Watching the launch of Elon Musk’s ‘Falcon Heavy’ rocket brought to mind Apollo 11’s take-off for the moon. Beyond being an incredible engineering feat, this is definitely the way forward for space exploration, opening the door to commercial flights. House on Mars, anyone? The orbiting Tesla even carries a note for aliens – “Made on Earth by humans” – imprinted on a circuit board. Just a PR stunt? Perhaps, but it worked – for a quarter of the price of the next most powerful existing rocket, putting SpaceX at the forefront of the 21st century space race. The sky does not seem to be the limit for Mr. Musk.
Self-regulation and voluntary agreements have been buzzing across industries over the last several years in Europe, and tech is no exception. On the other side of the Atlantic – in San Francisco - dozens of data scientists from tech companies, governments, and non-profits gathered this week to work on an ethics code for their profession. Some draft taglines were made public: “Bias will exist. Measure it. Plan for it,” “Respecting human dignity,” and “Exercising ethical imagination.” The main criticism remains: available evidence suggests that tech companies typically take ethical questions to heart only when they sense a direct threat to their balance sheet. Will self-regulation be enough?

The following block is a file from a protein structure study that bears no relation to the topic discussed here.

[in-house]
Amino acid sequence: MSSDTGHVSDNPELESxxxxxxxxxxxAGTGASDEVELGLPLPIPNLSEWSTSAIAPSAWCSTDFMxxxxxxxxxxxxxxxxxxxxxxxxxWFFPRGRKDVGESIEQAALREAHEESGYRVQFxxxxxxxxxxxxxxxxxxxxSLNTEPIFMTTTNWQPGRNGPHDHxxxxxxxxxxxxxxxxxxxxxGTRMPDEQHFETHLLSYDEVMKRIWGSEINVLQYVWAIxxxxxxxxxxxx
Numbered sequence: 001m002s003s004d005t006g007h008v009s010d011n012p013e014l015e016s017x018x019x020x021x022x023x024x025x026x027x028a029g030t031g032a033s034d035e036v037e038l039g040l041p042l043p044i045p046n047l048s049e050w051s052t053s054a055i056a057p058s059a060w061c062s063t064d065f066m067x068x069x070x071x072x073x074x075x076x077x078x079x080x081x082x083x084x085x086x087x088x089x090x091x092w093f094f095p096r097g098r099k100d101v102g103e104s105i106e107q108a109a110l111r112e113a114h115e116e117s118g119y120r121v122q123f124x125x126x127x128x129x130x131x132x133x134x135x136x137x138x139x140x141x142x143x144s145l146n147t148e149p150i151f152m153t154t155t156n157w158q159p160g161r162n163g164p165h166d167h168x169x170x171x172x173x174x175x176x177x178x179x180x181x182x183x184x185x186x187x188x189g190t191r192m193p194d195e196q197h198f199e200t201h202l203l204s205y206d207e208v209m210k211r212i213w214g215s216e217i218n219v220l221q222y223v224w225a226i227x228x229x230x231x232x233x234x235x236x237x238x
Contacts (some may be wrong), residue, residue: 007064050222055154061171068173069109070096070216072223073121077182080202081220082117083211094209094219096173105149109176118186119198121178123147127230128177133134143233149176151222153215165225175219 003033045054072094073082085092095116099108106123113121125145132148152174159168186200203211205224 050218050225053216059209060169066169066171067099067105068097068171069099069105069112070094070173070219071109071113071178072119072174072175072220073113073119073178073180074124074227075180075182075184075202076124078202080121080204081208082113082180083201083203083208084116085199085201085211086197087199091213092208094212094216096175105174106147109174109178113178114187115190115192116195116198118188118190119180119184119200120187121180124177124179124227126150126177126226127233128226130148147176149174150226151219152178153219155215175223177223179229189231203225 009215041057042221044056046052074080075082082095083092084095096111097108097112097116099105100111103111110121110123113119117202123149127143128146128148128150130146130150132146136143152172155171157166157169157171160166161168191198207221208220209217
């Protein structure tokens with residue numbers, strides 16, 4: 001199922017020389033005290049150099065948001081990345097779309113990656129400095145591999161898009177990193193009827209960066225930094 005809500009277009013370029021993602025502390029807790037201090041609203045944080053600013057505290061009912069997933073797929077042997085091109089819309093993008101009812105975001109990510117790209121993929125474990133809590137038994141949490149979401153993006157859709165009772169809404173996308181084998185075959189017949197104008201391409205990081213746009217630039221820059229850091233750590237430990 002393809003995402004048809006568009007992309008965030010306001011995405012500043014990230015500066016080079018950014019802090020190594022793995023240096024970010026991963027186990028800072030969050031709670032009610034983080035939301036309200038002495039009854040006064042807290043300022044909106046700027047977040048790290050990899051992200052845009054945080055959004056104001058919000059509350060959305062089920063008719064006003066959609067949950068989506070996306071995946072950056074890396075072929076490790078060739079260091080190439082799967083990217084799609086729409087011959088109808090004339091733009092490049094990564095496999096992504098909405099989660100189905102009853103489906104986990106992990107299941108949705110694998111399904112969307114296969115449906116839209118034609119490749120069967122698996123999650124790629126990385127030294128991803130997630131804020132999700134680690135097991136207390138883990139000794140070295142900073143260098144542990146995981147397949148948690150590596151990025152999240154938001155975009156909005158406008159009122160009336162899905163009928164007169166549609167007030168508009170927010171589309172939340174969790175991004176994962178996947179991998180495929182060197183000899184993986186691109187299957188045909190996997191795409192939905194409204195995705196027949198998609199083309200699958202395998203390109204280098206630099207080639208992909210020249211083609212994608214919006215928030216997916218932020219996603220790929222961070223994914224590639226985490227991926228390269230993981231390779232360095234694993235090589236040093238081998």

More often than not, whistle-blowers come from the inside. Former tech workers recently created a campaign to call attention to the potential dangers of the omnipresence of technology in our lives. They’re especially concerned about the effects of smartphones and social networks on our emotional and intellectual development. As former insiders, what do they want from the tech giants? It’s pretty basic. The group is asking that tech leaders apply the same values they embrace at home with their own children when taking business decisions. Here’s hoping that’s an easy ask that steers business decisions in an informed direction.
You might know that connectivity and liability are key issues for driverless cars, but did you know this new tech can radically impact real estate? Since the first cities, transportation arteries have driven land value. With driverless cars, the location of valuable property might be shifting - and money will be made or lost depending on how well the change is predicted. From industrial sites freed from boundaries based on driving-time limits to urban space freed from parking, this great read explores how our perception of space and property is about to change.
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